"If this is your path, you need to position your practice for the competition. Your success is determined by the (insurance) industry's evaluation of your practice results. You need to achieve insurance-determined objectives to stay profitable and understand the recent concerns about current trend of insurance-driven therapy from efficiency to effectiveness."

The consumer-driven practitioner has adopted a consumer-friendly stance and reaches out directly to the consumer, to avoid the middle-man.
"If this is your path, success is based on how the client reviews each session and the overall treatment. To survive and thrive in practice, you need to understand the structure, measures, and marketing that help a consumer-driven practice to succeed."

The belief-driven practitioner is driven by a school of thought, using one of over a hundred therapeutic approaches, which they believe is more effective than others.

Gorzky believes:
"Therapists who operate a belief-driven practice usually rely on fee-for-service payments and this will increase in the future since non-industrialized, evidence-based methods will probably be cut out of health care reform. If clients want what Greenberg calls the “essential healing relationship” they will pay for it out of pocket, similar to alternative medicine.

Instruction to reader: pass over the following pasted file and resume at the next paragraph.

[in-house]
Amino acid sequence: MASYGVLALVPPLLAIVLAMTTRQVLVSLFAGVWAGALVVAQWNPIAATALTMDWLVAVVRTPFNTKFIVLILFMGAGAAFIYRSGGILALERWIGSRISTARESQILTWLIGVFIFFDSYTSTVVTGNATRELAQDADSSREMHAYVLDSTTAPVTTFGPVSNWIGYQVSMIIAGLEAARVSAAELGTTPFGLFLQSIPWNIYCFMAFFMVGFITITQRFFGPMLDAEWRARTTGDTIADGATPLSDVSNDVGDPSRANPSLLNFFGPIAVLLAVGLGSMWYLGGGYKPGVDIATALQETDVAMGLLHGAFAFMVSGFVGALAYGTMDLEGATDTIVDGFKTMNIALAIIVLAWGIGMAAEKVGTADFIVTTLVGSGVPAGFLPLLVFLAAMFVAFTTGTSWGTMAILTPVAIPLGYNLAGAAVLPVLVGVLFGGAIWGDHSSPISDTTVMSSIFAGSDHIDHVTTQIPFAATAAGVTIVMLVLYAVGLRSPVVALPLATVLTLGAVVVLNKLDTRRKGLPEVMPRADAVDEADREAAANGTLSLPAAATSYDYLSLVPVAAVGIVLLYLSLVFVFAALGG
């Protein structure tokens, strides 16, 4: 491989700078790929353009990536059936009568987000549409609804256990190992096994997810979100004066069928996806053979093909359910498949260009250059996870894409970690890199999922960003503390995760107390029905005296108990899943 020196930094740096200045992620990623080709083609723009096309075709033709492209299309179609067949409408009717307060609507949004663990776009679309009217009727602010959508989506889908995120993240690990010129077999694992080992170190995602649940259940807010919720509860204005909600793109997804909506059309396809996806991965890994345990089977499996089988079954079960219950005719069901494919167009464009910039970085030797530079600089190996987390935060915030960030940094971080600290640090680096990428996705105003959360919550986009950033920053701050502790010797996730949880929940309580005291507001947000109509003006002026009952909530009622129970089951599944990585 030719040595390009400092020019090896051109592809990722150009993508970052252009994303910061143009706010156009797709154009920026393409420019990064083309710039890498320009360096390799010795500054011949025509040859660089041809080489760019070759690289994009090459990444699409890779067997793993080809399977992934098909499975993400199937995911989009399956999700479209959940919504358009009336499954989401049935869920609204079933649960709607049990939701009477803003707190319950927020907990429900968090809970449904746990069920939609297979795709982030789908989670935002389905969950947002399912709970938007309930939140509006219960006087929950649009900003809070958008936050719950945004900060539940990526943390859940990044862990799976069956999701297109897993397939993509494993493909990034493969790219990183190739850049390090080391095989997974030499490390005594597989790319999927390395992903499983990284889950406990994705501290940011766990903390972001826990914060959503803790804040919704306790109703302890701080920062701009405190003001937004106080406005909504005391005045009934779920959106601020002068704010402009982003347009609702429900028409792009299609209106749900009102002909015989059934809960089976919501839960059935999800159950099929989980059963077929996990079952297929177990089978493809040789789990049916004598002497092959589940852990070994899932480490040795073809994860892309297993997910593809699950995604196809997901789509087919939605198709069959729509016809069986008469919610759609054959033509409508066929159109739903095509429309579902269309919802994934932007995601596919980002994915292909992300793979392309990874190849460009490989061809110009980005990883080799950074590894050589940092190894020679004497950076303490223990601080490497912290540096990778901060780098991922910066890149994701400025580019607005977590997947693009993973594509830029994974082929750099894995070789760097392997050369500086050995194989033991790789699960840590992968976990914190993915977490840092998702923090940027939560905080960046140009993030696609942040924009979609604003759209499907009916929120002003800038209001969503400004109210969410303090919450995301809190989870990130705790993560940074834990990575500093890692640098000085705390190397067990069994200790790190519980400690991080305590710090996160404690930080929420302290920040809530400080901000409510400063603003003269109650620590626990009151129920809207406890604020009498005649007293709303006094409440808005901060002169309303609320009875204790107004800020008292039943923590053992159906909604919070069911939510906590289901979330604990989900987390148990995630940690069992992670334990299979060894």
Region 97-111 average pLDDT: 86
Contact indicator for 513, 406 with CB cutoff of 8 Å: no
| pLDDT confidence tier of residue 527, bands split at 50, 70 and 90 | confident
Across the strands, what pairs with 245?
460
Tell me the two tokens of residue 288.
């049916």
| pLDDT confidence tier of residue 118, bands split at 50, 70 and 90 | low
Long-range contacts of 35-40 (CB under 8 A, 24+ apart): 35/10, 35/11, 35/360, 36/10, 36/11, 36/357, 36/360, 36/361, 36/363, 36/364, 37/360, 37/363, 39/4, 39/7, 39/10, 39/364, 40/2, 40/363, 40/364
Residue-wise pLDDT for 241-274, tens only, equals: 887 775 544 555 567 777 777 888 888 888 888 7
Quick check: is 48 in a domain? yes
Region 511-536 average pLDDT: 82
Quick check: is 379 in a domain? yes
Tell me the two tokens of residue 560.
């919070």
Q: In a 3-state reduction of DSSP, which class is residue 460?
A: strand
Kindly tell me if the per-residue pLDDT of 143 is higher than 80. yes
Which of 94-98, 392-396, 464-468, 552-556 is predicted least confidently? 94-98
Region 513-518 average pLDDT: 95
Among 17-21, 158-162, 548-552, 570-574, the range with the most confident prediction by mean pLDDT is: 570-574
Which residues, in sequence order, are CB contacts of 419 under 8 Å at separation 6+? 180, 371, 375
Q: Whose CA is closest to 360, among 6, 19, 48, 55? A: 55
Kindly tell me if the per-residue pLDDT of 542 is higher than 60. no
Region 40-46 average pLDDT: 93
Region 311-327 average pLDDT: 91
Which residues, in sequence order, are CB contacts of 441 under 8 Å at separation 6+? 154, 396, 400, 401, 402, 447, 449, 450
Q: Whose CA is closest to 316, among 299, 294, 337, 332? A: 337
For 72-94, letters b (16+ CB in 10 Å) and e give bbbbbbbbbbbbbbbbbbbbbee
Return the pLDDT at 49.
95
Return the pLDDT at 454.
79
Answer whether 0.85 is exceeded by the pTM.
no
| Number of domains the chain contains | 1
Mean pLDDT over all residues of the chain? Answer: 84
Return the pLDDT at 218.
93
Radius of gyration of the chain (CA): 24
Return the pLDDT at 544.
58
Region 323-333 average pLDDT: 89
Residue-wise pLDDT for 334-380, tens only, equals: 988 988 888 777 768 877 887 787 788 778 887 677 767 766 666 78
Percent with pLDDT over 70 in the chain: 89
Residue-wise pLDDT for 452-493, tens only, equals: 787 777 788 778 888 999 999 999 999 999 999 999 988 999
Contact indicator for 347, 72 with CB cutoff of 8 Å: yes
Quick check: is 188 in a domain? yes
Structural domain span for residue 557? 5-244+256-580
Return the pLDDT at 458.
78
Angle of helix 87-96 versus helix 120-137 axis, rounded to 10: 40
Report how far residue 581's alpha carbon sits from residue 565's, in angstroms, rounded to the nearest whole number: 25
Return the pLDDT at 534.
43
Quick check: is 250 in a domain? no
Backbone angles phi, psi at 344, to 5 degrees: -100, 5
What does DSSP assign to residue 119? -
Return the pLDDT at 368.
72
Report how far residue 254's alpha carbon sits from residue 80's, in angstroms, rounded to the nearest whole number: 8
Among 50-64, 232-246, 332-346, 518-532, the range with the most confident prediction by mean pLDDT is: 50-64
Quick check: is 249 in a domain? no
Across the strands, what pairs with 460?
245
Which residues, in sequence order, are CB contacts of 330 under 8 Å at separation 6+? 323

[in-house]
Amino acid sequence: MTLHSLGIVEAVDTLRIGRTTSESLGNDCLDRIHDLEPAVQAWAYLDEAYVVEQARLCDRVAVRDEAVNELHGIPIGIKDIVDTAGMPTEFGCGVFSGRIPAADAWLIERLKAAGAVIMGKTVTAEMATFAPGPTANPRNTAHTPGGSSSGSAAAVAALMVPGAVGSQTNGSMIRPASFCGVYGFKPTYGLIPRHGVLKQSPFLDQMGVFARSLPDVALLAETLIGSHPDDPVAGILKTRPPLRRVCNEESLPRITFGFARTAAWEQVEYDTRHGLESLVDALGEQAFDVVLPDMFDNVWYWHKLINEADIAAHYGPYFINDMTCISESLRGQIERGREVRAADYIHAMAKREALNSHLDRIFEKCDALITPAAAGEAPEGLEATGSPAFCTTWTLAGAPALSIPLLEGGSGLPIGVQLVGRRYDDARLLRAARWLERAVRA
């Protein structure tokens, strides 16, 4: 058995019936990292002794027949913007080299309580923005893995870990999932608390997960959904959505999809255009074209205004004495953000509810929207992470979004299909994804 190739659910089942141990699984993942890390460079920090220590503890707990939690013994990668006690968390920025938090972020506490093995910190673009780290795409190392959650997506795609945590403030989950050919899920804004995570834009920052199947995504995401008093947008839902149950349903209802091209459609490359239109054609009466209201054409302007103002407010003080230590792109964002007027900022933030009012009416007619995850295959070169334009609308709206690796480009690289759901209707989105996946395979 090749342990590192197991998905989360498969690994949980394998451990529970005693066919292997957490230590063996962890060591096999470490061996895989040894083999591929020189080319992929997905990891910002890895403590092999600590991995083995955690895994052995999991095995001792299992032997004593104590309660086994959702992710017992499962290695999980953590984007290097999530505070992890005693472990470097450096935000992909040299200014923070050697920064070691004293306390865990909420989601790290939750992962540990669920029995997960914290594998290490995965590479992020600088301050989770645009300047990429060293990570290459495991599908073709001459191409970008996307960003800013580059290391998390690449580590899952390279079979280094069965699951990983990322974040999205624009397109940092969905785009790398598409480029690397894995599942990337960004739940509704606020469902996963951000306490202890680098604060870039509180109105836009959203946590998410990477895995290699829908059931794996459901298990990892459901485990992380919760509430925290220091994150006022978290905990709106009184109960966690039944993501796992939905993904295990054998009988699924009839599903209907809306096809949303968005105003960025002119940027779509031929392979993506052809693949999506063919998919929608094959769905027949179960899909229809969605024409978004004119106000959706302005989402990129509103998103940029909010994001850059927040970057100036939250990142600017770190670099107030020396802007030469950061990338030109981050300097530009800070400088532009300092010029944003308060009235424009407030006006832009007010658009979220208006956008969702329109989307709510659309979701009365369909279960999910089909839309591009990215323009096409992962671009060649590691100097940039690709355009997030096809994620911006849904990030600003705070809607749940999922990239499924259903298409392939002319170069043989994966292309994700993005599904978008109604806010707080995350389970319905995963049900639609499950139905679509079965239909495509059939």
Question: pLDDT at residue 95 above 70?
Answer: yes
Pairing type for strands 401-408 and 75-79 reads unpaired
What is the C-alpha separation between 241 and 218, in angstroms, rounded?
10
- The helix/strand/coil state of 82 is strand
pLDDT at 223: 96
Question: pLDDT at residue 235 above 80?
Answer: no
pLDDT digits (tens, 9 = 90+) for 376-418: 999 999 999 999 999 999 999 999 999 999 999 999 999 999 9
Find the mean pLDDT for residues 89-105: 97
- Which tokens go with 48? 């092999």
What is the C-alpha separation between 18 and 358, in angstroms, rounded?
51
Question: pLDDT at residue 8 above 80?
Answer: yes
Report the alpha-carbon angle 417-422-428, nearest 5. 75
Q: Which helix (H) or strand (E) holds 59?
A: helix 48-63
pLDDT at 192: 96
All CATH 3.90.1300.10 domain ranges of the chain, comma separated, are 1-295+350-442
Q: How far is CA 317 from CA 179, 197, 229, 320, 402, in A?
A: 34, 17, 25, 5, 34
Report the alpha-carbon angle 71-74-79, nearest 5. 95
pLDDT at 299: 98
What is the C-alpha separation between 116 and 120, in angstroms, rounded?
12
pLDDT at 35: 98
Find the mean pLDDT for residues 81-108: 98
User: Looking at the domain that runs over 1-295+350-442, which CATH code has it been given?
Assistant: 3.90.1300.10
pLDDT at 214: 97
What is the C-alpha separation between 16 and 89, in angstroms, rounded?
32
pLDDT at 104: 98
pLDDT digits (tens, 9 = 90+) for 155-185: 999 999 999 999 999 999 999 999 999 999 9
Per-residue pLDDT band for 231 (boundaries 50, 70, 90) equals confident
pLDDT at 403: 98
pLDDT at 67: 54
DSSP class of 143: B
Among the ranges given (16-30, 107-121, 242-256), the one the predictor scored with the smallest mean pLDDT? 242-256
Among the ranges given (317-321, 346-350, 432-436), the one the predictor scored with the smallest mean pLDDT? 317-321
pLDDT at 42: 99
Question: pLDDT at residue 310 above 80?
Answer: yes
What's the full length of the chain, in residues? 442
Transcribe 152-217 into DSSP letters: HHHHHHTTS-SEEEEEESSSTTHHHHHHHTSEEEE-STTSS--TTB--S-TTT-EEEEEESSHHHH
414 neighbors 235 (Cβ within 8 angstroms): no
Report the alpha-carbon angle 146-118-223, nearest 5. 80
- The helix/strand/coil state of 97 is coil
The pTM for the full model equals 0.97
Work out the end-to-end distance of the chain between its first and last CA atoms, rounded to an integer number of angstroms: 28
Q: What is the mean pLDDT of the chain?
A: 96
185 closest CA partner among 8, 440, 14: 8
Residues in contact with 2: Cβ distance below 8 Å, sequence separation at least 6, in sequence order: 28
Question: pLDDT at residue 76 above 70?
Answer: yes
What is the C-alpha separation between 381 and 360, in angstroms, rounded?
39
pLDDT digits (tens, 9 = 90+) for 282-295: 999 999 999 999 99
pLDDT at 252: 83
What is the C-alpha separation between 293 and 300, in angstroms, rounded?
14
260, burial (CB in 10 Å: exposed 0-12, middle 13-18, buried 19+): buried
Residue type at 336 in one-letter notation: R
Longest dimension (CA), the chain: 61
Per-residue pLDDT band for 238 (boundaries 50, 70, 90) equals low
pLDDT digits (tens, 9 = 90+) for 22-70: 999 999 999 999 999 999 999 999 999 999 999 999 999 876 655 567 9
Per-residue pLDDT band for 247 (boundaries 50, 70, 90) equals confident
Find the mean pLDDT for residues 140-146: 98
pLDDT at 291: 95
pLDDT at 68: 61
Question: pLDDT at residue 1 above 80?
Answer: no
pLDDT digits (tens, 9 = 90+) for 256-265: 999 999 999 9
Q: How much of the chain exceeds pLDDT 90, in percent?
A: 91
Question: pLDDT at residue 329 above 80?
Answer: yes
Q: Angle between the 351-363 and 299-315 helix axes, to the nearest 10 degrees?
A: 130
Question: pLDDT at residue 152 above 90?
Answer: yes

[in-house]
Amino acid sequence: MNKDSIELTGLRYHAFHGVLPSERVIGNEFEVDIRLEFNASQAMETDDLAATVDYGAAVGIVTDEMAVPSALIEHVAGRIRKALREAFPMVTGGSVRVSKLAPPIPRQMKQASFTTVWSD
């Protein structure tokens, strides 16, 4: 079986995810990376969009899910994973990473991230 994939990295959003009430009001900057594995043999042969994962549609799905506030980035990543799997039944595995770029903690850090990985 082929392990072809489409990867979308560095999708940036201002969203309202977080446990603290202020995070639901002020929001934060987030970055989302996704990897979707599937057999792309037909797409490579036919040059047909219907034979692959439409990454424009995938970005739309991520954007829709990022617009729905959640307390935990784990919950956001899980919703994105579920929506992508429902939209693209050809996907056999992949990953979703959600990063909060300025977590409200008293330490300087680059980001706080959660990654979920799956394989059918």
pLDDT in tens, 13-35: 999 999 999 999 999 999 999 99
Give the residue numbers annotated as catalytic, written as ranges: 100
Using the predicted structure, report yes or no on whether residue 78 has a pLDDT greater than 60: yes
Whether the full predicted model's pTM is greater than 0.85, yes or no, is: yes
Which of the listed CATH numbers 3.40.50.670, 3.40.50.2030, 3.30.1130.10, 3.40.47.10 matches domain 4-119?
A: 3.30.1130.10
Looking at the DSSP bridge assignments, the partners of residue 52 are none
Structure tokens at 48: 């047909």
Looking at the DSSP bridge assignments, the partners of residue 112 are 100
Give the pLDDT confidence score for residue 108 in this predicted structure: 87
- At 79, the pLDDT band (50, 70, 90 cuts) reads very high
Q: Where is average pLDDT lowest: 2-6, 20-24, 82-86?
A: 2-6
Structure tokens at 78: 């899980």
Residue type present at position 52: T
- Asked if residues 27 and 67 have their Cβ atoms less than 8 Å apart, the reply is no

If this is your path, success will rely on your reputation, passion, expertise in your approach and be measured by you, the therapist."

I believe there is a fourth fork in the road. As time goes on, more and more practitioners are going to be technology driven. They will focus on the technologies that make treatment delivery increasingly possible, affordable and ubiquitous.

Therapists and other professionals will use e-mail, instant messaging, video chat, virtual worlds, and methodologies not yet invented to reach clients located in far flung regions of the earth (where professionals are scarce), who might otherwise not access help, or would not have the time to get it.

In time, technology may become the most powerful imperative of them all.


Wednesday, October 13, 2010

Web Secret #123: UD.com

In a recent blog post, social media expert Jeff Bulla wrote:
I am contemplating...securing domain names for my teenage children. Are they starting a business?….No. Have they a great idea and they want to encapsulate ... an online name?…No. They are still too young to be contemplating that strategic adventure.

[But] in the future ... their own branded domain name will ... be ... an essential part of their digital being ...
Ten years ago, achieving online branding was simple, you had to build a website, and a quick name search helped you check the availability of your desired domain. Today, of course, you have to not only check domain availability under multiple extensions (e.g. .net, org, .co, etc.) but you have to jump to secure your name in social media channels as well.

Happiness is discovering a website that solves a problem and solves it well. Enter UD.com.